Priceless relic was pushed under stairs
PUBLISHED: 14:36 27 March 2006 | UPDATED: 09:03 24 May 2010
When Weston's centuries-old village church was destroyed and replaced by the present building, some of the bits and pieces of the old village church were used to adorn gate pillars, and as ornaments in walls and in houses. A few can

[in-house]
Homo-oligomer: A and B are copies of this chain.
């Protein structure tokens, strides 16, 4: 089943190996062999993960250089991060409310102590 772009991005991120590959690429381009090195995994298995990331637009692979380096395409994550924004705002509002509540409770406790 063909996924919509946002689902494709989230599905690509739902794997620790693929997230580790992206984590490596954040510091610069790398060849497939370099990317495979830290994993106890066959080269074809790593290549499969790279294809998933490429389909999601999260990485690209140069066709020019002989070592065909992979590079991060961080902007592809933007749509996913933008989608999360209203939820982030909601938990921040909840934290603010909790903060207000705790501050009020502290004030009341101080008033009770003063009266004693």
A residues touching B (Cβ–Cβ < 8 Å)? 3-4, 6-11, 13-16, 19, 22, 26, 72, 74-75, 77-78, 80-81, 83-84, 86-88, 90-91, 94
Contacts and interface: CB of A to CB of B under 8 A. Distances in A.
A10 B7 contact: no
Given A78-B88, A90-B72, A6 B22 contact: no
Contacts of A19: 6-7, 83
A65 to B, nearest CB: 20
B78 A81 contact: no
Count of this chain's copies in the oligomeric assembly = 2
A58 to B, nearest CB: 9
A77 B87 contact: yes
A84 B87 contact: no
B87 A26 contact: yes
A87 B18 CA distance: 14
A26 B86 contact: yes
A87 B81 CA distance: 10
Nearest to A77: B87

When Weston's centuries-old village church was destroyed and replaced by the present building, some of the bits and pieces of the old village church were used to adorn gate pillars, and as ornaments in walls and in houses. A few can still be seen today.Fortunately, the parish church does retain possession of a piece of carving from the village church, one of the oldest, a curious relievo. Even in recent years it was deemed of so little worth that it was tucked way under the stairs. It was brought to light by a former churchwarden, John Birch, an enthusiastic antiquarian, and through his good offices and the co-operation of the rector and church authorities, it is now displayed in the porch with reproductions illustrating the Church's missing Elizabethan chalice.The relievo is an extremely worn and weather-beaten sculpture. Mr Birch sent a photograph of it to the Victoria and Albert Museum, who regarded it as dating to the Fifteenth Century.Its existence is mentioned in the History of Weston Parish Church (1226-1910) written by the local antiquarian the late Ernest E Baker, who said that in 1910 it was on the inner wall of the vestry. He referred to its worn and mutilated condition, and expressed doubt whether there was any truth in the suggestion that it was formerly the head of the church cross, the remains of which stand close to the south wall of the church.Another prominent local antiquarian of earlier days, the Rev W Jackson, deemed the relievo of sufficient interest to merit extensive reference in his "Visitors' Handbook to Weston-super-Mare" dated 1877.Referring to the south porch of the village church he wrote: "Inside this ancient porch were the usual stone benches; and over the right hand bench, fixed into its eastern wall, was a most remarkable piece of emblematic sculpture in freestone, usually characterised as a crucifixion."The curious relievo was preserved by the late rector, and inserted high up on the north side of the present chancel in a secure, but rather storm-beaten situation. Whatever the scene sculptured may represent it is certainly not a crucifixion. The central figure is clothed in flowing draper, and seated on a kind of raised dais or divan, bearing in his lap a nearly nude human body, the head of which reclines upon his breast."The arms of this reclining body are broken away, while the supporting figure has its own arms and hands stretched out at full length. His face is turned to the spectator, and is shaded on each side by long, curling locks. His stature is meant to be colossal, a fact evident from comparison with the human body supported, and with two decapitated saints standing, one on either hand, in the foreground."Above the whole composition are two small figures, much broken, sitting one on each slope of the pediment. What was really the sculptor's intention, seems at first sight a point not easily determined."Jackson said he was satisfied the subject of the composition was divine love, as shown in the redemption of man. The Heavenly Father displays to the world the form of His crucified Son and the Holy Spirit, either in the shape of a dove, or an invisible presence, to be contemplated by the beholder.The standing personages in the lower part of the sculpture might possibly be the two usually figured as attendant on the crucifixion - the mother of our Lord, and the evangelist, St John.Or, instead of the apostle, Jackson suggests that it is likely the adoring male statuette is meant for the beautified Thomas a'Becket, and the dedication of Woodspring would thus be wholly commemorated in the relievo."Neither at Weston, nor at Bleadon, where a representation of the Virgin and Child occurs in a similar situation, is there any reference to the dedication of the churches themselves," he stated, "Nor yet do these tablets appear intended to invite persons to remain kneeling before them; the worshipper reverenced them as he entered his parish church and passed onwards."The little figures on the pediment may probably have been intended for censing angels - an idea borrowed from the Book of Revelations. The censers would, as usual in such representations, be thrown forwards and upwards.Jackson concludes: "... a tablet which once excited devotion among the rude forefathers of the hamlet," and is in itself so curious a composition, deserves some attention from the passing archaeologist, and still more from modern Westonians. "We have here expended pains and space upon it, because somewhat similar representations are not uncommon in the neighbourhood. We shall encounter on examples at East Brent, and another at Yatton, and both these examples resemble Weston in omitting the sacred Dove. But usage varies extremely."For an appraisement of Weston Parish Church as it stands today we have that noted authority, S E Dykes Bower, whom the church authorities consulted in connection with a scheme for the beautification of the chancel. The first part of this scheme, the removal of the organ from the chancel to the west gallery, has already been carried out. Work on the main part, the general improvement of the chancel and the replacement of the crude nineteenth century choir stalls will be carried out this autumn."The usual form of this church is the result of successive additions that have almost obliterated any trace of the original structure," Mr Dykes Bower reported. "The interior is now an example of 19th Century Gothic, of no great architectural distinction, but not devoid of a character."Thus, the galleries, which in some churches are a disfigurement, have here panelled and moulded fronts that are not unpleasing; their delicate small scale details divert attention form the ungainly design of the arcade, particularly on the north side where its mouldings are all of plaster. The later, south arcade, of stone, is better."The side windows of the aisles, too, have traceried heads of quite good design and are glazed with clear glass, the pure white light form which gives to the nave an even illumination."The east window, also glazed with a background of clear glass but enriched with fragments of old stained glass in the tracery and roundels, panes and armorials in the main lights, is of outstanding beauty. It is by far the best thing in the building and, by virtue of its position, the most prominent. The possession indeed of an east window of such merit is so exceptional that any attempt to beautify the rest of the church is well worth while."This east window was given to the church by Henry Law, who was Bishop of Bath and Wells from 1824 until 1845. The gift was made when the chancel was re-built in 1837, and is believed to have cost about £500. His son, Henry, was the Rector of Weston, and his daughter, Jane Harkness is commemorated in a tablet in the chancel. The coloured glass is made up of vignettes illustrating scenes from the life of David and Our Lord, and some scarp borders and roundels.There are five vignettes in squares and five in circles, the subjects being: the nativity; the presentation in the Temple; the flight into Egypt; the entry into Jerusalem; the Last Supper; the crucifixion; David taking a lamb from the lion's mouth; David playing the harp before Saul; David slinging a stone at Goliath; and David decapitating Goliath. There are also three coats of arms of the Bishopric and the Law family.Antiquarian Jackson in his 1877 handbook suggested that "it is difficult to date the series later than the former half of the thirteenth century."Mr M D W Poole, in an interesting article on stained glass in Weston churches, contributed to the Mercury a few years ago, pointed out that in 1946 Dr Christopher Woodforde in his book on the stained glass of Somerset had stated that these panels were designed in the early part of the 19th century, in the style of the 13th century.Professor Nikolaus Pevsner in his Buildings of England - North Somerset and Bristol, published in 1958, agrees with Dr Woodforde that the panels are 19th century imitations and comments: "It is their lettering which first shows their date."On this Mr Poole adds: "If these scriptural scenes are 19th century imitations, and the evidence strongly suggests this, they are much rarer than genuine thirteenth century glass.... With the exception of a collection of somewhat similar vignettes of Lytes Cary, these scenes have no counterpart in Somerset.Mr Poole says that little has been written about the patchwork gardens and squares in the windows but points out that W J Robinson in West Country Churches has shown that much of the glass in Bishop Law's extensive collection came from a church in Rouen, which was destroyed during the revolutionary era."The Bishop bought a wagonload of this glass and had it brought to England," Mr Poole comments. "It seems quite probable, although there is no positive proof, that many of the Parish Church fragments may have originated form this source."In a window in the north aisle of the church is a small figure of St Bartholomew. He holds a flaying knife in his hand. This figure was originally in the east window, but could not be reincluded in it when it was repaired after narrowly escaping complete destruction by blast in the air raid of January, 1941. Only the bottom portion of the St Bartholomew figure, which is 15th century, is original.The bomb which damaged the Parish Church east window actually fell just outside Grove Park, shattering the Grove Pavilion and killing three well-known young Westonians who happened to be passing.The church window was blown out, but the fragments scattered around both inside and outside the church were carefully recovered and stored in boxes. During the war years the window remained boarded up and subsequently the glass was pieced together by a Bristol expert.This article, edited by Jill Bailey, was originally published on September 16, 1966